Myanmar must convince its nationals to go back: FM
He seeks strong global response to resolve Rohingya crisis
Foreign Minister Dr AK Abdul Momen on Friday said Bangladesh will take a tougher position over Rohingya issue saying the global leadership must resolve it quickly to ensure greater peace and stability in the region.
"We tried our best, we worked as per your suggestions but finally it (repatriation) didn't happen. We'll make our position stronger," he said.
AK Abdul Momen has called on Myanmar to be "accommodative" towards the demands of Rohingyas so that they get the confidence to return home.
"We are still hopeful," he said on Friday, a day after a second failed attempt to start the repatriation of Rohingyas, The process is still on, said Momen, adding, "Myanmar could not create confidence among them (Rohingya refugees). It's their responsibility to do that. They (Rohingyas) don't trust Myanmar. Myanmar has to address this trust-deficit".
The Foreign Minister was talking to reporters after a discussion titled "15 August and Its Impact on Bangladesh" at Bangabandhu Memorial Trust auditorium organised by Awami League's international affairs sub-Committee.
Dr Momen said Bangladesh gave Rohingyas the shelter on humanitarian ground but they are not Bangladesh's headache rather it is the headache of the whole world.
He said Myanmar "must be accommodative" and it must "convince" their nationals to go back to their place of origin in Rakhine State. "We did whatever we can from our part."
Bangladesh is now hosting over 1.1 million Rohingyas and most of them entered the country since August 25, 2017.
He asked the international agencies to focus their attention on the Rakhine State instead of Cox's Bazar. "We are taking care of them (Rohingyas) here".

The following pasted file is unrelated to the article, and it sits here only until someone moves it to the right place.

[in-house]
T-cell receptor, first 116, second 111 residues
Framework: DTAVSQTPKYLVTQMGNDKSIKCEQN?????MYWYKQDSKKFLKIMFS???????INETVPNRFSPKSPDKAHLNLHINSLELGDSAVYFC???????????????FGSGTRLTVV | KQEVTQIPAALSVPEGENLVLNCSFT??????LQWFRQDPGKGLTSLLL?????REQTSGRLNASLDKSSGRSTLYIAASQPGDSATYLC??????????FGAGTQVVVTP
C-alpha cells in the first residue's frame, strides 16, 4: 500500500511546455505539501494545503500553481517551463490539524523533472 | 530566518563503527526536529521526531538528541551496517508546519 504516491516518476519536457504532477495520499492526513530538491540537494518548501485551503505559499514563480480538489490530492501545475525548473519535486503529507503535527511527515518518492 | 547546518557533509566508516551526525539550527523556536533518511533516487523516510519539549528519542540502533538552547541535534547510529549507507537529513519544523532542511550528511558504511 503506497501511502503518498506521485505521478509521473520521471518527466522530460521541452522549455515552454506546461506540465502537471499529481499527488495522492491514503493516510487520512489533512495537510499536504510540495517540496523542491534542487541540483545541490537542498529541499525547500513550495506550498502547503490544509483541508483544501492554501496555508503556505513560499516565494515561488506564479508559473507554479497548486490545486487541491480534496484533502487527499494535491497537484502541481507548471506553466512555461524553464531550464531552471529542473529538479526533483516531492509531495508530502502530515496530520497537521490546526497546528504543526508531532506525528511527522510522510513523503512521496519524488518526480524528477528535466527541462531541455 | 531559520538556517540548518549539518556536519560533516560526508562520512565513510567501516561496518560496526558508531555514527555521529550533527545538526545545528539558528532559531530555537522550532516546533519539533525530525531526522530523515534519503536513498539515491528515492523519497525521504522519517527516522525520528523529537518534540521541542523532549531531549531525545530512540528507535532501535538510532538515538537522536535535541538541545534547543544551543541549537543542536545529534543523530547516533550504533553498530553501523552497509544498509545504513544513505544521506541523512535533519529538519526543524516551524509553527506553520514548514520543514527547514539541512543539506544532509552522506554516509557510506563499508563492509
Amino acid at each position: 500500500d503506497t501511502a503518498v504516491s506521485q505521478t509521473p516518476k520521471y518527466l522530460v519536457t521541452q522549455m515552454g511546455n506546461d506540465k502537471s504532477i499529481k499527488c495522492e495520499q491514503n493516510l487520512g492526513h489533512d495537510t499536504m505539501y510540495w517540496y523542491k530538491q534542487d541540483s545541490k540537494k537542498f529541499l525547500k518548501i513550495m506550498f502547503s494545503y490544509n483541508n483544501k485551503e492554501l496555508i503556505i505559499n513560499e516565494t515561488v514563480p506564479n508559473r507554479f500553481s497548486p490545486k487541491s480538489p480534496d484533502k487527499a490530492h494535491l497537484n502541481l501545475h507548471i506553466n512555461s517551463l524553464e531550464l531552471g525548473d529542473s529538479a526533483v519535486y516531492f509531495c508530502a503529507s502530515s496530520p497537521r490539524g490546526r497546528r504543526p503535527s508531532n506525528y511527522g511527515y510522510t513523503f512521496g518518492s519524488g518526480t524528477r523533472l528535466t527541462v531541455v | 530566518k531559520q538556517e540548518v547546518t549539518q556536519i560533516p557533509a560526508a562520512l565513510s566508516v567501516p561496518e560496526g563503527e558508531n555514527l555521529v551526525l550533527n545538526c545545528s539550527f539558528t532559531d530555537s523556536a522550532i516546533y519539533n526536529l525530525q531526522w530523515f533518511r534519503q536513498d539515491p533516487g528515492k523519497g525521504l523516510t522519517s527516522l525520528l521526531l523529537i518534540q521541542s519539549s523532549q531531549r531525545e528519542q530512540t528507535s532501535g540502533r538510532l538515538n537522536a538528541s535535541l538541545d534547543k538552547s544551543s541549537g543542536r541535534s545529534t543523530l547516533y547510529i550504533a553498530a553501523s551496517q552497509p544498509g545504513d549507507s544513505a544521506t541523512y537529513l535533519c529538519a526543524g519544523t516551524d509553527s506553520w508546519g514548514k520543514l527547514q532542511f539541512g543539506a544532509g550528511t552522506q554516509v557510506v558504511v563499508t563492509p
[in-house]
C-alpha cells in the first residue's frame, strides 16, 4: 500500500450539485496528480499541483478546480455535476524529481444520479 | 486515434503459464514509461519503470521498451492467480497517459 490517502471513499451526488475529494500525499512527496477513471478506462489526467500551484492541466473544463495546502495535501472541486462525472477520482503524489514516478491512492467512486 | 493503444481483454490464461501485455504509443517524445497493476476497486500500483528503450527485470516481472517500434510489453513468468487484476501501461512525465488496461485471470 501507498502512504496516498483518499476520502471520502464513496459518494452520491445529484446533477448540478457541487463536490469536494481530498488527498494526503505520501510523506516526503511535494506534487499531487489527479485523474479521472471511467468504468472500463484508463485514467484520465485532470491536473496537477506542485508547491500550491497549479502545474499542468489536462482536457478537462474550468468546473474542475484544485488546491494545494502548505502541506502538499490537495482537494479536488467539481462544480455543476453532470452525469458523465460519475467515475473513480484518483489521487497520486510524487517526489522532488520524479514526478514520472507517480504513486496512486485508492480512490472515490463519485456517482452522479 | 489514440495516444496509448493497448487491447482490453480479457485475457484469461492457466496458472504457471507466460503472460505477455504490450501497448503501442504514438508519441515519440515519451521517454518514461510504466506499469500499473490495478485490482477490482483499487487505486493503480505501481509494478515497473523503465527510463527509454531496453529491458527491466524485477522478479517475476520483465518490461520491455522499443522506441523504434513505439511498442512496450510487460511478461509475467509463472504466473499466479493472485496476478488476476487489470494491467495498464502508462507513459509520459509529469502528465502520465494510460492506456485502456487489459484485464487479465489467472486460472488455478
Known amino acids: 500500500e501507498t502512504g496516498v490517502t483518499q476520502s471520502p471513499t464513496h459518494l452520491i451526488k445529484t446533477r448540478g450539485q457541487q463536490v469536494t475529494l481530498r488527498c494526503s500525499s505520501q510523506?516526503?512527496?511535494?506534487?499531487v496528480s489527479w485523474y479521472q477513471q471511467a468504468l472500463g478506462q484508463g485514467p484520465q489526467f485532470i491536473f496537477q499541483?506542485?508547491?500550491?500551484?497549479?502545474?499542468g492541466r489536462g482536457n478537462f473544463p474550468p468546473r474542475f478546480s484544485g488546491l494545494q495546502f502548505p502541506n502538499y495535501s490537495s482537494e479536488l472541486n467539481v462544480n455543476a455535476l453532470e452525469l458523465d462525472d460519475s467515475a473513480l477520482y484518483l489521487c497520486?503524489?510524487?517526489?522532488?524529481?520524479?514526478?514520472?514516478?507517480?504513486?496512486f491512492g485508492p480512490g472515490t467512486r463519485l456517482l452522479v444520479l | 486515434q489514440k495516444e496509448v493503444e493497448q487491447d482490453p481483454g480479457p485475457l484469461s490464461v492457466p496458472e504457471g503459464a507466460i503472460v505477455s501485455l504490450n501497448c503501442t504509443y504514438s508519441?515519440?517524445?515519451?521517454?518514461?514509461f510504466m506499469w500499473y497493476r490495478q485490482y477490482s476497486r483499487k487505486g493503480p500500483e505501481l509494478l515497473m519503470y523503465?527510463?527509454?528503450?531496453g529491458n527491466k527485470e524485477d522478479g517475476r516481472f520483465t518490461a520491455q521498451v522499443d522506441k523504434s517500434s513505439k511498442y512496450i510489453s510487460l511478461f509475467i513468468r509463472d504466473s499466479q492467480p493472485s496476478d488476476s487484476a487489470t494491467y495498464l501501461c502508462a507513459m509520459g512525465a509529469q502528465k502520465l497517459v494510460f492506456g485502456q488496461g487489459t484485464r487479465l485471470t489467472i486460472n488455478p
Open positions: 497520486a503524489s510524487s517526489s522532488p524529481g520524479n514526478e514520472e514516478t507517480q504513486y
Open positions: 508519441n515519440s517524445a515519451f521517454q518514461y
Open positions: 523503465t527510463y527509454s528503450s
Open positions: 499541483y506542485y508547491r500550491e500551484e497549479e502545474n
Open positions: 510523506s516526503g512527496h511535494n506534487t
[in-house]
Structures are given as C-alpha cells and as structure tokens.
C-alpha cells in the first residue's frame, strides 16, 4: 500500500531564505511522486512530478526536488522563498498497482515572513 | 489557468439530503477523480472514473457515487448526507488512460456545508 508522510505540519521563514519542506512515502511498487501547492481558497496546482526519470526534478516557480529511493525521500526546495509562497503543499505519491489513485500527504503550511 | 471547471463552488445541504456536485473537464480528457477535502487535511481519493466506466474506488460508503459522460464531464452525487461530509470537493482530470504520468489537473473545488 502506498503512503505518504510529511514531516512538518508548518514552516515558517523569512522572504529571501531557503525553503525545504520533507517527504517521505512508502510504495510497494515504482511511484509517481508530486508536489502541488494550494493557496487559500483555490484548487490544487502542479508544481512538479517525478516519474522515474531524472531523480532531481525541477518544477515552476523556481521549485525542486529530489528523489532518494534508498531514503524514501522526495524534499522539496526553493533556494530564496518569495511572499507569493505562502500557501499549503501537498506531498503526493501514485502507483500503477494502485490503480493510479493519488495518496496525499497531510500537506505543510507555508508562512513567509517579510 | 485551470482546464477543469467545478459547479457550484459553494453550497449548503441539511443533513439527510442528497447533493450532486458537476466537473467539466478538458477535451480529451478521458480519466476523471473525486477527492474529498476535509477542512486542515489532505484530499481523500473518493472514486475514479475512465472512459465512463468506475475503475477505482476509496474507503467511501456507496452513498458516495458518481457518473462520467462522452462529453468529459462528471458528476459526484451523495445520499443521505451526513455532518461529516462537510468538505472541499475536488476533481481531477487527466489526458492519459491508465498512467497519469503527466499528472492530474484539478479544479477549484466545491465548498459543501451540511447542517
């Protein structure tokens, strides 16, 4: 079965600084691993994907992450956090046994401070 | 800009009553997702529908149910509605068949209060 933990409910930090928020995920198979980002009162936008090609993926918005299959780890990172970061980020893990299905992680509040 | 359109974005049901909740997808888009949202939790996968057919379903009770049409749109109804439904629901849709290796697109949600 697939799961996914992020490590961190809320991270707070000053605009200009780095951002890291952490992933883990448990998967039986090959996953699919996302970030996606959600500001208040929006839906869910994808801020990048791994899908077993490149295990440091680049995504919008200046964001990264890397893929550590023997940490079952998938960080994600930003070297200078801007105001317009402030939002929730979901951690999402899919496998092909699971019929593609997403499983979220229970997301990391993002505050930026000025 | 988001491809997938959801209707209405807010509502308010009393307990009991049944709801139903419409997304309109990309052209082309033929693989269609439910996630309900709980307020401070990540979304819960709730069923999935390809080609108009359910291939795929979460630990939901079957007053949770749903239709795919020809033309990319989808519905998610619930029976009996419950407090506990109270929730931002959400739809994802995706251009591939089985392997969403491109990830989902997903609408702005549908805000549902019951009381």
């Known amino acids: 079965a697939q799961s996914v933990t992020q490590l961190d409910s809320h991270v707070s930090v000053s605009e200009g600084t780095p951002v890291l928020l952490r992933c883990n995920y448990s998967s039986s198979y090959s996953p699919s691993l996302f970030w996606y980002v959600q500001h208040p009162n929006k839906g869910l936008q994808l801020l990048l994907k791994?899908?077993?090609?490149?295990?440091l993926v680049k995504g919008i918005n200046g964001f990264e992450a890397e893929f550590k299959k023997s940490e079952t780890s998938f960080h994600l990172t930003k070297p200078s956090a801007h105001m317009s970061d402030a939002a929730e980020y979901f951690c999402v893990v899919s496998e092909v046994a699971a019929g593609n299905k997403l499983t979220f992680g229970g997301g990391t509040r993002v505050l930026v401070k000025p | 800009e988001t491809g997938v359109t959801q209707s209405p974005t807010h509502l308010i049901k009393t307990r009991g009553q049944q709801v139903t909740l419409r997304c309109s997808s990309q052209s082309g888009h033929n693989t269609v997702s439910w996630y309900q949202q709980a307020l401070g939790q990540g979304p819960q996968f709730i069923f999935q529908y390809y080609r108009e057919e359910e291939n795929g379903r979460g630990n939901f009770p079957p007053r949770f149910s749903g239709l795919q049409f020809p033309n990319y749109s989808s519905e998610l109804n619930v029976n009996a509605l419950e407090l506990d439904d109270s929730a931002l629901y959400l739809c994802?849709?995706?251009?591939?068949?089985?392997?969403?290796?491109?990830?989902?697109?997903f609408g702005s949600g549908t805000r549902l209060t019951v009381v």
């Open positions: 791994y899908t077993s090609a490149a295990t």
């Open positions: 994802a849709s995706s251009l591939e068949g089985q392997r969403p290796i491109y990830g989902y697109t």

The Rohingya people have given some conditions for returning, including their citizenship and justice for the crimes such as murder, rape, arson committed against them.
"Myanmar must be accommodative," the foreign minister said. "If they are not sensitive, then they (Rohingya) will not go back because of fear". "It's the responsibility of Myanmar. They must convince their nationals."
He said they are also thinking of an international commission that will work in the Rakhine. "I told UNHCR and others… you don't need to be here….go to Rakhine," he said.
The UN agencies are still struggling with the access to the troubled villages in Rakhine. The UNHCR in a statement on Thursday sought "more predictable and effective access" from Myanmar so that they can work to build confidence. "The UN cannot avoid the responsibility," he said, when asked.
"The hatred has been there (Rakhine) for a long time. But they did not take that seriously. The UN could take a lead to lessen the hatred."
He indicated about slower fund flow -- both from locally and internationally -- which might create problems for the Rohingyas though they are living a comfortable life now. "For their own better future, they should go back."
The Foreign Minister said their efforts will continue for voluntary and safe return of Rogingyas to their place of origin.
The two countries signed a repatriation deal on November 23, 2017, but there has been little progress.
On July 29, Bangladesh handed a fresh list of 25,000 Rohingyas from around 6,000 families to Myanmar for verification before their repatriation to Rakhine State.
With the latest list, Bangladesh has so far handed the names of around 55,000 Rohingyas to the Myanmar authorities and around 8,000 of them have been verified. Myanmar only cleared 3,450 Rohingyas for beginning the repatriation.
On January 16, 2018 Bangladesh and Myanmar inked a document on "Physical Arrangement", which was supposed to facilitate the return of Rohingyas to their homeland.
The "Physical Arrangement" stipulates that the repatriation will be completed preferably within two years from the start.
The first batch of Rohingyas was scheduled to return on November 15 last year but it was halted amid the unwillingness of Rohingyas to go back for lack of a congenial environment in Rakhine.